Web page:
A dream ride
Cyclists from around the state aspire to pedal through Colorado National Monument
Colorado National Monument is known for its majestic beauty, its spectacular views and its astounding rock formations.
For cyclists from around the state and beyond, Colorado National Monument remains one of the most coveted rides in the state.
A great climb, fast descent, splendid asphalt, and of course the views, are a few things that lure thousands of cyclists annually to the monument.
As George Daniels pulled over near the Glade Park spur, he gulped water straddling his sleek road bike.
“Man, that climb kicks my butt,” he said with a chuckle.
The 43-year-old Denver man was waiting for two friends that he “dropped” on the climb from the east entrance.
“I love this ride. It’s got the big climb, which is tough, but I love it, and then it’s a fun cruising ride now that I’m on top,” he said.
Daniels and his two buddies were making the loop ride, which goes up the east entrance across the monument and down the west side, then back on Colorado Highway 340 to Grand Junction. It’s a little more than 40 miles.
The climb to the top is close to 2,000 feet, topping out around 6,450 feet.
The Grand Junction area is known to many far and wide as a mountain biking destination, but road biking and the monument is a draw, too.
“Grand Junction is a big draw for both mountain biking and road biking,” said Mistalynn Lee Meyeraan of the Grand Junction Visitor and Convention Bureau.
Colorado National Monument is a hugely popular cycling destination. According to the National Park Service, since 2009, more than 54,000 cyclists pedaled through the monument’s entrance stations.
The fee for cyclists without an annual pass is $5, and it lasts for seven days.
Janet Kelleher, supervisory visitor-use assistant at Colorado National Monument, said the numbers aren’t 100 percent accurate because they are taken only when the entrance stations are staffed.
The total number of cyclists counted were 13,347 in 2009, 14,137 in 2010, 9,830 in 2011 and 13,532 in 2012. A total of 3,767 cyclists have cruised through the entrances through May of this year.
Chris Brown, owner of Brown Cycles in downtown Grand Junction, said the monument ride is known to road cyclists around the state.
“A lot of people come over from the Front Range to ride the monument,” he said. “It’s got a huge climb, it’s so different, the roads are really good, and there’s solitude within the miles.”
Annual statistics from the National Park Service show some interesting trends.
In 2010, the number of cyclists saw a huge jump in June because of a Ride the Rockies route going over the monument that brought around 2,000 riders through the park. The June total of 3,904 was the largest one-month total since 2009.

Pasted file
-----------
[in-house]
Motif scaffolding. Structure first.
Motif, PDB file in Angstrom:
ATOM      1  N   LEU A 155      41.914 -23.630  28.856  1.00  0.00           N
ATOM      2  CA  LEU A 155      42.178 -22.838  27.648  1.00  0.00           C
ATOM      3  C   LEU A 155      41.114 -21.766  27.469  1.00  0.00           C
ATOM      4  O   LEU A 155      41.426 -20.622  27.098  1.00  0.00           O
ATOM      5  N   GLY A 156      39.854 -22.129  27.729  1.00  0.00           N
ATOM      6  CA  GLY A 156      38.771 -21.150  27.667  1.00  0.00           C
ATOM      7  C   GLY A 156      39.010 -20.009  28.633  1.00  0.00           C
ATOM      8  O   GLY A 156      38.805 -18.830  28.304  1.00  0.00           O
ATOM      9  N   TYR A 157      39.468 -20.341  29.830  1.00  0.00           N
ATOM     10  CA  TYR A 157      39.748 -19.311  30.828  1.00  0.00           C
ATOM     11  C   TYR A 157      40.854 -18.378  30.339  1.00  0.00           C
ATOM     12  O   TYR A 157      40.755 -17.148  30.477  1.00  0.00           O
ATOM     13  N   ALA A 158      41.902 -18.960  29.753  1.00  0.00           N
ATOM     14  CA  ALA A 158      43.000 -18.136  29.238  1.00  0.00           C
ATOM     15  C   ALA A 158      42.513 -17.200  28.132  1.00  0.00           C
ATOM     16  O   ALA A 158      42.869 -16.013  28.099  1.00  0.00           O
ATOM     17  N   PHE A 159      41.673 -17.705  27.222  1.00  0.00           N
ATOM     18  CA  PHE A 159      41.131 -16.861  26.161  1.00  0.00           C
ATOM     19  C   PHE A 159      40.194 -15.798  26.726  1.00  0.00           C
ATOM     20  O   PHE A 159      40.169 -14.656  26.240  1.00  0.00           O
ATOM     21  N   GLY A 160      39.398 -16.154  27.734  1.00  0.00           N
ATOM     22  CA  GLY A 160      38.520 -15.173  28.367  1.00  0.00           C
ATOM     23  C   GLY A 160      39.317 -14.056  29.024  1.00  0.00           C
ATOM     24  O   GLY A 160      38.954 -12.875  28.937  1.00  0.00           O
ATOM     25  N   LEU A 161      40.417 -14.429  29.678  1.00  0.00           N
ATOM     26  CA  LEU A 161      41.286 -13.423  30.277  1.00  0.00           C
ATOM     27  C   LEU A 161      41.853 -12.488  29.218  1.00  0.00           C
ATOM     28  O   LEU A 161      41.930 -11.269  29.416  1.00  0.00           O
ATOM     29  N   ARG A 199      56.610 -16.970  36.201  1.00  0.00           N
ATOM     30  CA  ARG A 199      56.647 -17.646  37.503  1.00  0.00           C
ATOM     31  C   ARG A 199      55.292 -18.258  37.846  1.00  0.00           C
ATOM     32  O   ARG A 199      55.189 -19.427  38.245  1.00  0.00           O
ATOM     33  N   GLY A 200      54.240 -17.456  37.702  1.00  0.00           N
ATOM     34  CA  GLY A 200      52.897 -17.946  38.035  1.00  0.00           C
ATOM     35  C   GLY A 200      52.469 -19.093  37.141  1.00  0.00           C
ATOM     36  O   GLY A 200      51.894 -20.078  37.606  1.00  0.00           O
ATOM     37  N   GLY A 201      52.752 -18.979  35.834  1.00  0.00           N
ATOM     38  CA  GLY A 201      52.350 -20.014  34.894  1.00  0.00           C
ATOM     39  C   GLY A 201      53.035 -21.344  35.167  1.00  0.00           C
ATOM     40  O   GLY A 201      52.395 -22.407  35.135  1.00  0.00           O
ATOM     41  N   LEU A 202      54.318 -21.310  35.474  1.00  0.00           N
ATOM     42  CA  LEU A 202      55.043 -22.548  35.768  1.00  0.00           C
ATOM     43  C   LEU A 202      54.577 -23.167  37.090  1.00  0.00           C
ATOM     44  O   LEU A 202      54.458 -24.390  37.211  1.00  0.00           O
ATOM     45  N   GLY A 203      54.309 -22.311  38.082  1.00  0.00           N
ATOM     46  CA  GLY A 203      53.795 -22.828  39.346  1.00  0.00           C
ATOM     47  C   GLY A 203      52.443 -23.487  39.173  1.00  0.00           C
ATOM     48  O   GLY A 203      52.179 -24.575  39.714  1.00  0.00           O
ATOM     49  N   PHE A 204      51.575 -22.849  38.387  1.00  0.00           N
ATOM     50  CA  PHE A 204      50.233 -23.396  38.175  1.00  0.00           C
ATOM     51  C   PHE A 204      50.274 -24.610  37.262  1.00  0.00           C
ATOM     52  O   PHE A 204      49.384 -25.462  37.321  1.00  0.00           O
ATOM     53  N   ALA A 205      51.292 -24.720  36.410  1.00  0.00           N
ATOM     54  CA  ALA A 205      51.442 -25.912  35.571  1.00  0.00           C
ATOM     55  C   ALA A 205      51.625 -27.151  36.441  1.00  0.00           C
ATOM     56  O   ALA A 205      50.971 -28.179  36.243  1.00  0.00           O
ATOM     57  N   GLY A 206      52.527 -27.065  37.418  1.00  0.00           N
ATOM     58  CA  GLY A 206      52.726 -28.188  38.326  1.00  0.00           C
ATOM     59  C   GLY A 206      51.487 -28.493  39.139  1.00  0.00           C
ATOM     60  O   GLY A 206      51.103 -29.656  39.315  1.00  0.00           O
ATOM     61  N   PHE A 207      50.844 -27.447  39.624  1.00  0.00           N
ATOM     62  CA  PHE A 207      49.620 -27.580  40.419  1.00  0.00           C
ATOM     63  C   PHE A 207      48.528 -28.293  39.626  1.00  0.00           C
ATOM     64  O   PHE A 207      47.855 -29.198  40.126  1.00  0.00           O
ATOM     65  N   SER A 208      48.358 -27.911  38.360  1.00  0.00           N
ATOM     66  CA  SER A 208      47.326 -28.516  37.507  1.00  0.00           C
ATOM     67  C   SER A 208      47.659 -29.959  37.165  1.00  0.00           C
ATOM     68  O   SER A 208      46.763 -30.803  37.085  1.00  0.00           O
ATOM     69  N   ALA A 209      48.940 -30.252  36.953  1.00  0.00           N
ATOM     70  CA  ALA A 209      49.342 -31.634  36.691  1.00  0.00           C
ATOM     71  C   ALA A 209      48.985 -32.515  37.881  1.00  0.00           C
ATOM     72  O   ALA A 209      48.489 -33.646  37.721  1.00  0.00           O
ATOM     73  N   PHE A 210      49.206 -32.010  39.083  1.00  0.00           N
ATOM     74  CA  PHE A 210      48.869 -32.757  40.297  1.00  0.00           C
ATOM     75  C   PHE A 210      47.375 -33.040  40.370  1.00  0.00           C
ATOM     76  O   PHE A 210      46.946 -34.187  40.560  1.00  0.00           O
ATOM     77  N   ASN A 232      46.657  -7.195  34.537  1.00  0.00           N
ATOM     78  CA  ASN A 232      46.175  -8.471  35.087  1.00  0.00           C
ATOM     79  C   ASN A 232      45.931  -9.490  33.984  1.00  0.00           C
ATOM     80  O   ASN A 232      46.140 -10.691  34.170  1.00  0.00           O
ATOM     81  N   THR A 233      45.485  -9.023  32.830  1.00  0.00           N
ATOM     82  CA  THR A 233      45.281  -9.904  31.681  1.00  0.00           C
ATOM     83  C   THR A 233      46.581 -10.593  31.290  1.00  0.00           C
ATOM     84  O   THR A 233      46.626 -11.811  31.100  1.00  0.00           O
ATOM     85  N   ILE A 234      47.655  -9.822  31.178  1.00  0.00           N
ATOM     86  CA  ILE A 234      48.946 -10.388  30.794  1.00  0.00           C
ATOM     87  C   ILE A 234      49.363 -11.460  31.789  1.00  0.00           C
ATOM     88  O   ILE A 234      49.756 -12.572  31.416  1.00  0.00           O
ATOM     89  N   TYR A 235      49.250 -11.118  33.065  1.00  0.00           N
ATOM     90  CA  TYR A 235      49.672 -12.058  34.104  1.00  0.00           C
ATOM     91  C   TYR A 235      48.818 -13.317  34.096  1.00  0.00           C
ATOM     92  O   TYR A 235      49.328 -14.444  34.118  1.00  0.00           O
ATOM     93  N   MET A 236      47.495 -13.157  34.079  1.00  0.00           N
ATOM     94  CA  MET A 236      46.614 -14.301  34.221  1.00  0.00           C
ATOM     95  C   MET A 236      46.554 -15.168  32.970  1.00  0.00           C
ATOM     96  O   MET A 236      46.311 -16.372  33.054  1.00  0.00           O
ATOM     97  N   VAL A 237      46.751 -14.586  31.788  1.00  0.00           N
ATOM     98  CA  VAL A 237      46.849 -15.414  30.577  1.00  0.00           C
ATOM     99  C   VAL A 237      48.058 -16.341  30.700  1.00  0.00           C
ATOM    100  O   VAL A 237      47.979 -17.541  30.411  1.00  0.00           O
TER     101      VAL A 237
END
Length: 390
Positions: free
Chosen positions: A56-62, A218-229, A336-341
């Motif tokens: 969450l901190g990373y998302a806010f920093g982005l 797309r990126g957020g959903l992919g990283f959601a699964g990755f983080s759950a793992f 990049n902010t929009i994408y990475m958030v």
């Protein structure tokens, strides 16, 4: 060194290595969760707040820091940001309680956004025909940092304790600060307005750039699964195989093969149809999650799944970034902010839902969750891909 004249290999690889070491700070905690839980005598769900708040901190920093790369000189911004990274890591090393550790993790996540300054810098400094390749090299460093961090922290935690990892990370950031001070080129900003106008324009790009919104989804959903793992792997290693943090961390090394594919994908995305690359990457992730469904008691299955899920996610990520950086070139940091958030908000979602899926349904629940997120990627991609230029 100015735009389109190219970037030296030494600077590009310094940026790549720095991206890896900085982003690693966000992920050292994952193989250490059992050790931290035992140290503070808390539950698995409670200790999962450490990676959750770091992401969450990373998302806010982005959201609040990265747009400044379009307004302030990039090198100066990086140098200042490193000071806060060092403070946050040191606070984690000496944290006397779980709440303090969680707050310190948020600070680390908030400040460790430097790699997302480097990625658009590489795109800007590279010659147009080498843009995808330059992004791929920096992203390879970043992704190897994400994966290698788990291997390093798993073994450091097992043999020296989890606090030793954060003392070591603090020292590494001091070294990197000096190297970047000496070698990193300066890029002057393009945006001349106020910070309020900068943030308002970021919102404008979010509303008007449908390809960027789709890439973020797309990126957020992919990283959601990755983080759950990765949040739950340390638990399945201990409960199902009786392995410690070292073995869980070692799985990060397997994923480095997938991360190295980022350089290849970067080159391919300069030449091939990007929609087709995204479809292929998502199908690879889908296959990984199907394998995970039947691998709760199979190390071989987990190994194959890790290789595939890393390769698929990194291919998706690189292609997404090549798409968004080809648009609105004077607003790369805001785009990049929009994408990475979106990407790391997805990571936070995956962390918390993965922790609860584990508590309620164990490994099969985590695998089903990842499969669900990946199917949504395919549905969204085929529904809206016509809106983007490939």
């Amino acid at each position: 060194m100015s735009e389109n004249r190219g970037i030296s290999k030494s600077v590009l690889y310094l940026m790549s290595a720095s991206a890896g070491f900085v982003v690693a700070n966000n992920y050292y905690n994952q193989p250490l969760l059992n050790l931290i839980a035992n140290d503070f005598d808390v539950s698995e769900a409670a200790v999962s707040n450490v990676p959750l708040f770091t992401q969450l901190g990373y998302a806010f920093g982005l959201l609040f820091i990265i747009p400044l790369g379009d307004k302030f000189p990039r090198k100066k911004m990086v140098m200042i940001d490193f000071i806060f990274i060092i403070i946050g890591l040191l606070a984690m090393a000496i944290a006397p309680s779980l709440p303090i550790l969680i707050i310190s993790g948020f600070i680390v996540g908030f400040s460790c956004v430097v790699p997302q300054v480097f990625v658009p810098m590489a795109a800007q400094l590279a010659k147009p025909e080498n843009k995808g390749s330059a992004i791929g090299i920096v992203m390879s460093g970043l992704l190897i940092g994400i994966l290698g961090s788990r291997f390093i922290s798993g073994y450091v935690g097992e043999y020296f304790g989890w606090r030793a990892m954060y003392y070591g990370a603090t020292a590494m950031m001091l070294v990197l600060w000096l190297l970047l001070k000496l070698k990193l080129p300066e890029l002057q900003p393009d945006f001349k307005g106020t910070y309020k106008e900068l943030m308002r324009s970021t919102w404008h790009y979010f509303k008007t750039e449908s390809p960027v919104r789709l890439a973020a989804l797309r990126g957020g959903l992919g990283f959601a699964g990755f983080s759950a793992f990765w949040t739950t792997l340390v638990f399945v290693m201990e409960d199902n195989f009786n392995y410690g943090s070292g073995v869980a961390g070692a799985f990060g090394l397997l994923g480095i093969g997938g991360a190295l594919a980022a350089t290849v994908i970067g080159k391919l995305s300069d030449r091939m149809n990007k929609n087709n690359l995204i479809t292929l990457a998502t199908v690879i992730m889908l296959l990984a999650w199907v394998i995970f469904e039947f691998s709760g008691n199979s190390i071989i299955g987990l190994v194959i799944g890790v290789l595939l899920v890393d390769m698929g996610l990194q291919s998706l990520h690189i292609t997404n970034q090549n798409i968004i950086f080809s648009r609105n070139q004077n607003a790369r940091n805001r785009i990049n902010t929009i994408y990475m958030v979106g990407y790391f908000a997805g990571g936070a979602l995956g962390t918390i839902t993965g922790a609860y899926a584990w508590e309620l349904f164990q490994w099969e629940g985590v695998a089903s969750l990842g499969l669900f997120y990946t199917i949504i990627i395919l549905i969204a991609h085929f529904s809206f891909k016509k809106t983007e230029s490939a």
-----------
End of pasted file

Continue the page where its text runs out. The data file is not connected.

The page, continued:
In 2011, rider numbers dropped below 10,000. Kelleher said she doesn’t have a theory on the dramatic drop.
In an email, Kelleher said the spring of 2009 was the first time the National Park Service started enforcing the mandatory light and tail light requirement. She said enforcement data is not currently available, adding “the local cycling community has been very gracious in working with our regulations, and we have high compliance.”
She also said Brown Cycles has donated lights for cyclists to check out on a first-come-first-served basis at the entrance stations.
Other than June 2010, there were two instances when rider numbers topped 2,000 in a month — June 2009 (2,306) and in October 2012 (2,948).
The large number of riders in October 2012 was due mostly to the Tour of the Moon one-day ride, which had 1,866 registered riders come through the east entrance.
Scot Harris, co-event director for Tour of the Moon said last year was a tremendous success, and they expect another great turnout for 2013.
“We’re almost certain we’ll meet or exceed last year’s numbers,” he said.
The National Park Service evaluates the permit on a year-to-year basis, Harris said.
Two of the stipulations of the permit are the ride is capped at 2,000 riders, and the event can’t take place from April 1 to Oct. 1.
This year’s event will be Saturday, Oct. 5.
The immediate popularity of the ride was because of the appeal of riding the monument, he said.
“I think, No. 1 is the scenic part. It’s such an interesting place to ride a bike,” he said. “The twists and turns and the tunnels, it has everything that a cyclist wants.”
For events such as Ride the Rockies and Tour of the Moon, the $5 fee is worked into the registration fee and paid to the National Park Service by event organizers.
The big change for Tour of the Moon this year is the ride will begin at the west (Fruita) entrance.
According to National Park Service statistics, a much larger number of cyclists enters the monument from the east entrance.
The difference between entering the east side and west side was 1,365 in 2009, 3,069 in 2010 and 3,509 in 2012.
Again, 2011 was the anomaly with 5,447 cyclists entering on the Fruita side and 4,933 from the Grand Junction side.
Local cyclists tend to agree the climb from the west entrance is a little more difficult.
The Tour of the Moon is a 41-mile loop, and Harris said it provides a good economic boost for Grand Junction.
Using rider surveys from last year, Harris said most of the 1,866 participants were from out of town with 1,599 spending at least one night in Grand Junction and half of those spending at least two nights in town.